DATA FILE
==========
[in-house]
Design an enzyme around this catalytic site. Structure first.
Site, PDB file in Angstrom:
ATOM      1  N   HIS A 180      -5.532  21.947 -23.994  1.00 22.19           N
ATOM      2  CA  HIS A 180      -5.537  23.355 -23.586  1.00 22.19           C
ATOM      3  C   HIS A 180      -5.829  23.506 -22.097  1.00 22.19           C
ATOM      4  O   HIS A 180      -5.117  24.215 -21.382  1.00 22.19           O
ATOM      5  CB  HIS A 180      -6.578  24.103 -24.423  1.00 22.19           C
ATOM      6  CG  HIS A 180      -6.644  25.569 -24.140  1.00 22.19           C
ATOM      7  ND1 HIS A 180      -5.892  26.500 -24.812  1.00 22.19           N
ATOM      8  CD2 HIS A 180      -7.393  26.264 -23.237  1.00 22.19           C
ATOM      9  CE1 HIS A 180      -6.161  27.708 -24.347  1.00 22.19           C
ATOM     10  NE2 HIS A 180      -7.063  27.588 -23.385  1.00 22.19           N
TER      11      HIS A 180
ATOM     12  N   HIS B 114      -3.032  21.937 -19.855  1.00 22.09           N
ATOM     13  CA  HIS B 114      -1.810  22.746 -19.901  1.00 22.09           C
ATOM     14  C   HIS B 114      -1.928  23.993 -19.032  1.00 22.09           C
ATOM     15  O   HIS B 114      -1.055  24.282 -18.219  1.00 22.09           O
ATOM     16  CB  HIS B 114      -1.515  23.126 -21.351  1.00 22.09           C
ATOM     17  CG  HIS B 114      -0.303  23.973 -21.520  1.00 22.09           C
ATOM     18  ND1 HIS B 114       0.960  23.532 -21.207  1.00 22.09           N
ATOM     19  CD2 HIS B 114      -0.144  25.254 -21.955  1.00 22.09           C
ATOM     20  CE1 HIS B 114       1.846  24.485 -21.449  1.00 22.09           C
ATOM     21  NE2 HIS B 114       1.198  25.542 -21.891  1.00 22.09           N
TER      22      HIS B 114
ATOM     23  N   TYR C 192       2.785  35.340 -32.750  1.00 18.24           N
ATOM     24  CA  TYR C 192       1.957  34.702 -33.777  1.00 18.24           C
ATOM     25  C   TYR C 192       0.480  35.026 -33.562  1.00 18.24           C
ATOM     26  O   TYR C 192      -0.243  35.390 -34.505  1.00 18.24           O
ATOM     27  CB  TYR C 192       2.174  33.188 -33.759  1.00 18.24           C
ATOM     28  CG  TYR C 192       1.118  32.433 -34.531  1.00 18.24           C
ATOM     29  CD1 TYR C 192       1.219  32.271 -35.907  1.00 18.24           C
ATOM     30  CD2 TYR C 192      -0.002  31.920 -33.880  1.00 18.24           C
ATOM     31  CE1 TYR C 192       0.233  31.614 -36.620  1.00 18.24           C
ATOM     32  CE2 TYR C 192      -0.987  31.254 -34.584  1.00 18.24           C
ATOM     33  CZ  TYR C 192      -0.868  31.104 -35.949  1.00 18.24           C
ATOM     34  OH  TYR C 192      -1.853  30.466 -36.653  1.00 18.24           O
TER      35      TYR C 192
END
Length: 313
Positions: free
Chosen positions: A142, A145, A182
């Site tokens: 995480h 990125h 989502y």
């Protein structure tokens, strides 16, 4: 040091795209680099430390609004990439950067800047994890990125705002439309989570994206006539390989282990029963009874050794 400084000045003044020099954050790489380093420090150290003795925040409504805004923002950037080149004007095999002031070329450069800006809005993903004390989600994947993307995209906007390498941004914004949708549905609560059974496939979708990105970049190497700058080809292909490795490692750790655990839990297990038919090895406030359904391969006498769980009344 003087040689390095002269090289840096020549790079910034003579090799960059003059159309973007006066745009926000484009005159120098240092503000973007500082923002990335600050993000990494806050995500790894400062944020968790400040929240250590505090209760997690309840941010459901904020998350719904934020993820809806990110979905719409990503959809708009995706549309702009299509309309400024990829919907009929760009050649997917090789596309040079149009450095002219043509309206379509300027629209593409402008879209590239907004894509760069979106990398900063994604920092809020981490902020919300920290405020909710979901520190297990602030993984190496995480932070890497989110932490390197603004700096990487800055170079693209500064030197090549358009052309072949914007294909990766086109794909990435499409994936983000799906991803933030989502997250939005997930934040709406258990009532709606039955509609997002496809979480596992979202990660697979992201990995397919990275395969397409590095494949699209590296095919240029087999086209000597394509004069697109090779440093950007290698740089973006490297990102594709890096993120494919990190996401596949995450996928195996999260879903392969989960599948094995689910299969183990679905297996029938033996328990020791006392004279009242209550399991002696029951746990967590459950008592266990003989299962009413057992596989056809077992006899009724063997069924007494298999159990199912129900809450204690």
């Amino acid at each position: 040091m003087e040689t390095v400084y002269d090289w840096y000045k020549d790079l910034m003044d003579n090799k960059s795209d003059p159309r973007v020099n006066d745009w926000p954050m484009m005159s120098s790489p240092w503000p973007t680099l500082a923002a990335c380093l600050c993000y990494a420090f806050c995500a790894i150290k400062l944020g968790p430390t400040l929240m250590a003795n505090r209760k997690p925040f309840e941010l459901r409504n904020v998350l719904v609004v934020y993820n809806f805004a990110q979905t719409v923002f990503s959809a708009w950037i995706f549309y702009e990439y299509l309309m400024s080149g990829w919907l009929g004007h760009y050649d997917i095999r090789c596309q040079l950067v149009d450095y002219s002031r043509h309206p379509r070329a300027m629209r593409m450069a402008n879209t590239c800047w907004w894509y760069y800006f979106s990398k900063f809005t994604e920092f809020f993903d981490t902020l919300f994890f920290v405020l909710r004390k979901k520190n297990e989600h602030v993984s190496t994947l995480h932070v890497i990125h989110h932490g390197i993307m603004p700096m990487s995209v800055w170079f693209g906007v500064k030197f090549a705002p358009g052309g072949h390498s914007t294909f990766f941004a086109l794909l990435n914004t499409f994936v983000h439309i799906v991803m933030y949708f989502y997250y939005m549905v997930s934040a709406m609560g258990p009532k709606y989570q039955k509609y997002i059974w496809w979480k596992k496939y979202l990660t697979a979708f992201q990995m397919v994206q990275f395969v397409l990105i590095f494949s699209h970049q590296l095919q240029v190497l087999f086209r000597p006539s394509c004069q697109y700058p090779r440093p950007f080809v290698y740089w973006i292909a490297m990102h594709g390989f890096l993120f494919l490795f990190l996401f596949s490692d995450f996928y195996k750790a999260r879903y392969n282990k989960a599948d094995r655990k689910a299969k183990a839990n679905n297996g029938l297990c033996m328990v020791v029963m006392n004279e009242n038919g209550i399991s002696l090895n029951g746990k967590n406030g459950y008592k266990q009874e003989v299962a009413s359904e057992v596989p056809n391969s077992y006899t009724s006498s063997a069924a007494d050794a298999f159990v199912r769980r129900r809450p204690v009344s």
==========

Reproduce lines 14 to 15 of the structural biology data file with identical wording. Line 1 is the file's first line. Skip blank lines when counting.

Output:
TER      11      HIS A 180
ATOM     12  N   HIS B 114      -3.032  21.937 -19.855  1.00 22.09           N